Nuestras Raices: Tucson's Celebration of Mexican-American Literary Arts and Film

Viva Tucson! 

For nearly a year, librarian Helen Gutierrez has been hatching a plan.

Last April, Gutierrez attended Denise Chavez's ninth annual Border Book Festival in New Mexico. A first-time attendee, she found much more than just books at the event.

"I was just so inspired," said Gutierrez. "I saw film; I heard music. It was much more than just a book festival. It made me really proud to be a Chicana. I learned a lot of things about our culture, and I wanted to bring that to Tucson."

Upon her return to the Old Pueblo, Gutierrez began to spread the word. She approached colleagues, businesses, authors and friends, trying to gauge the interest level and local enthusiasm for a similar celebration of Mexican-American literature. The community's response was more than she had expected.

"We just started telling everyone, 'Doesn't this sound like fun? Don't you want to do something like this here?' Tucson was really ready for this, because people just started calling up."

Before long, Gutierrez had a small army of authors, artists and organizations offering to contribute or assist her: Friends of the Tucson-Pima Public Library, Tucson-Pima Arts Council, Tucson Arts District Partnership, El Centro Cultural, Pan Left and the local Tucson REFORMA chapter, to name just a few. With such support, the idea was well on its way.

Now, in just a few days, Gutierrez's dream will become reality.

Nuestras Raices: Tucson's Celebration of Mexican-American Literary Arts and Film hits the Main/Joel D. Valdez branch of the Tucson-Pima Public Library Friday through Sunday. A broad range of events spotlighting numerous forms of art and literature will be available for the public to enjoy, during two full days and one evening.

Friday evening, local playwright Silviana Wood performs her one-woman play, And Where Was Pancho Villa When You REALLY Needed Him? After enjoying the live theater performance, head home to rest up for the weekend's nonstop festivities.

All day Saturday, a mercado (market) will offer Mexican-American foods, art, crafts and book sales and signings. Meanwhile, a literary arts festival features bilingual storytime for kids, as well as storytelling and readings for everyone. A living history performance features Elena Díaz Björkquist's living history performance as exiled Mexican healer Teresita Urrea, also known as the Saint of Cabora.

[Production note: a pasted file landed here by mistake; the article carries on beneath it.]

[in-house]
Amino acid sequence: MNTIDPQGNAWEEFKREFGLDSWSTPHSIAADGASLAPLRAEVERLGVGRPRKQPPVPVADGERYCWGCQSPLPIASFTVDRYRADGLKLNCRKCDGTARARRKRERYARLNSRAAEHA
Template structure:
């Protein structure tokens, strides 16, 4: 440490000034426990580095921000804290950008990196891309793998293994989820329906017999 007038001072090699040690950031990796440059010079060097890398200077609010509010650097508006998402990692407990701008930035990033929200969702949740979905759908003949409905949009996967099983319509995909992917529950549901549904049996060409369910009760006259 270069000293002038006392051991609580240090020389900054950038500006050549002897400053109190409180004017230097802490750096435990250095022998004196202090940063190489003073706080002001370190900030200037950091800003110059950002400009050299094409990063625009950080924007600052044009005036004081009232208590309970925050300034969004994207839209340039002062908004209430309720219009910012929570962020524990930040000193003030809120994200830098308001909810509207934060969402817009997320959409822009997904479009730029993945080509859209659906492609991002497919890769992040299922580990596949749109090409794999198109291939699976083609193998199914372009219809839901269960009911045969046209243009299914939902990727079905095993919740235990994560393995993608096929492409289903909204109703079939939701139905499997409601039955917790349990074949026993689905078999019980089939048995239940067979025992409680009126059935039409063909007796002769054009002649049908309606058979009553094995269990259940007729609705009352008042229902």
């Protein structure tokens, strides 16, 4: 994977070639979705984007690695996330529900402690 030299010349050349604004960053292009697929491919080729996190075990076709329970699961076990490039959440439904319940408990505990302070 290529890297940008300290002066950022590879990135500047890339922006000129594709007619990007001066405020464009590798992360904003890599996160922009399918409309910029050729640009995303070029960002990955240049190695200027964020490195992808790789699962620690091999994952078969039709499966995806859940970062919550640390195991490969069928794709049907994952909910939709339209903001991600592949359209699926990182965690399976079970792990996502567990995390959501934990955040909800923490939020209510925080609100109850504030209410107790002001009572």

During lunch, Patricia Preciado Martin reads from her new book, Beloved Land: An Oral History of Mexican-Americans in Southern Arizona. In the afternoon, published poets Mayra Guillen and Alfonso Reyes, the Owl and Panther Readers, read from their works.

Rita Maria Magdaleno follows with a discussion of oral history projects, and their benefit for individuals and communities alike. Rubén Martinez speaks about migrants and their unique culture within a global context. His new book, The New Americans, complements the PBS series of the same subject. Last but not least, author Luis Urrea discusses his upcoming book, The Devil's Highway, which describes a deadly 2001 border crossing into Arizona.

Sunday's activities are no less of a whirlwind. The Screening Room hosts the Nuestras Raíces Film Festival, featuring two sessions. Session One consists of the films Border Crossings/Cruzando Fronteras, a discussion of the national border's increased militarization, and The Heart and the Monster: A Journey to Cananea, chronicling the director's personal journey home to the birthplace of the Mexican Revolution.

Session Two features several short films including Paletero Walking, symbolizing Tucson's blending of cultures via paletas, frozen fruit bars. Pat's Drive-In depicts Barrio Hollywood's favorite hot dog stand. Canoa is the story of an old cowboy's memories of life at Canoa Ranch. Shutting Down The Stacks: San Manuel tackles issues in the old mining town. Poisoned: The Workers of Brush Wellman explores the factory's long-standing environmental contamination.

The final session, Session Three, features Luminarias. The romantic comedy by José Luis Valenzuela follows four friends, Andrea, Irene, Sofia and Lilly, on their quests to find love in modern-day Los Angeles. With this film, Nuestras Raíces comes to a close.

Librarian Gutierrez expects that the event will be enjoyed by many people, of all cultures and ages. "Everybody likes a good story," she said. "I think the book element of it is something that hasn't been done before."

In addition to being a celebration of Mexican-American culture, Nuestras Raíces is also symbolic of Tucson's ability to unite as a community.

"I think the best thing about this is the collaboration," said Gutierrez. "The community wants it so much that they're coming to us. It's everybody's festival."

Nuestras Raices: Tucson's Celebration of Mexican-American Literary Arts and Film takes place March 5 to 7. Friday's play is performed at 7:30 p.m. in the LL1 meeting room at the Joel D. Valdez Main Library. Saturday's mercado is on the Jácome Plaza in front of the library, from 10 a.m. to 5 p.m. The Literary Arts festival takes place in various locations around the library from 10 a.m. to 5:30 p.m.; call the library at 791-4393 for details, or download a schedule (PDF) of times and locations.

Sunday's film festival is at The Screening Room, 127 E. Congress St, from 10 a.m. to 5 p.m. Call 622-2262 for more information. All events are free to the public.

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